MEPs this week raised concerns about the interception of phone calls between lawyers and their clients by intelligence services across Europe, including the UK.
The issue had been put on the agenda of the plenary session of the European Parliament following the recent admission by the Dutch government that its intelligence and security agency (AIVD) had been spying for years on Amsterdam-based law-firm Prakken d’Oliveira.
According to data collected by the Council of Bars and Law Societies of Europe (CCBE) – which represents the continent’s lawyers at an EU level – communications between lawyers and their clients have been monitored in recent years by police or intelligence services in the UK, France, Ireland, the Czech Republic and Latvia.
The CCBE said MEPs from across the political spectrum took turns in denouncing an unacceptable form of espionage that goes against the right to a fair trial, the rule of law and democracy.
However, in her response on behalf of the Council of Ministers, Latvian secretary of state for European affairs, Zanda Kalniņa-Lukaševica, refused to take speak out against the practice, saying only that the collection and processing of personal data for the purpose of national security is not regulated currently by EU law.
“The extent and occurrence of this type of wiretapping shows that it is a widespread problem in need of a solution,” said CCBE president Maria Ślązak.
“National security cannot serve as an excuse to ignore the principle of lawyer-client confidentiality and deprive citizens of the right to legal counsel and to a fair trial. We hope that in time the European Court of Justice will be asked by a national court to define the meaning and extent of national security in this context, and whether it can ever provide a justification for the surveillance of the activities of lawyers.”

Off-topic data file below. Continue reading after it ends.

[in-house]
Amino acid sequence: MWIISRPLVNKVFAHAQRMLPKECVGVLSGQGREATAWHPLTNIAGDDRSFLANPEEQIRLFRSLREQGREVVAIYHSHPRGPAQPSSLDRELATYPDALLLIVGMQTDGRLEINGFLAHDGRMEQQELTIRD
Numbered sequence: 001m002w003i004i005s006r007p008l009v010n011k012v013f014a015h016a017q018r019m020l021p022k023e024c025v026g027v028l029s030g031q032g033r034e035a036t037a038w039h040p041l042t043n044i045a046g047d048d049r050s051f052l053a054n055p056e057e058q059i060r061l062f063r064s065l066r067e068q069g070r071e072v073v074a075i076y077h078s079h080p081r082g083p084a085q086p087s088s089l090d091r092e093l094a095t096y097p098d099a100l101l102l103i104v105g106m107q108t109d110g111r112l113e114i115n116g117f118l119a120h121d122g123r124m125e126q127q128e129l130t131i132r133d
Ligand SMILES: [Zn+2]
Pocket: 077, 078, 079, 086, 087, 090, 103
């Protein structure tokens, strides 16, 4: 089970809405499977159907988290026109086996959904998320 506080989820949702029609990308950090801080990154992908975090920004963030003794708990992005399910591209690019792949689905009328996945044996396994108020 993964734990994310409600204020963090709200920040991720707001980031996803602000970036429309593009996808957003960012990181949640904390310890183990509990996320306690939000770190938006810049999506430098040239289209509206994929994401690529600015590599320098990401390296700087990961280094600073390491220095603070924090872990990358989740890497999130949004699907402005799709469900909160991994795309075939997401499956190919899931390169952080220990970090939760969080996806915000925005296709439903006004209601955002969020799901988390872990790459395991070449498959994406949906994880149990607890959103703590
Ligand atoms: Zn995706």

Justice Commissioner Vĕra Jourová expressed her “concern” and vowed to follow closely developments on this issue as well as implementation of the 2013 directive on the right of access to a lawyer, which guarantees the confidentiality of communications between an accused person and their lawyer.
MEPs asked for action to be taken by the EU, through investigations, sanctions and the adoption of legislation.
The CCBE supported this, and called for a minimum level of legal protection afforded to privileged communications from government electronic surveillance, which could be included in the European Parliament project to establish ‘A European Digital Habeas Corpus – protecting fundamental rights in a digital age’.
The Law Society has also backed such a move, while together with the law societies of Scotland and Northern Ireland, and the Bars of the three UK jurisdictions, last month demanded new laws to stop police and security services from spying on meetings between lawyers and their clients.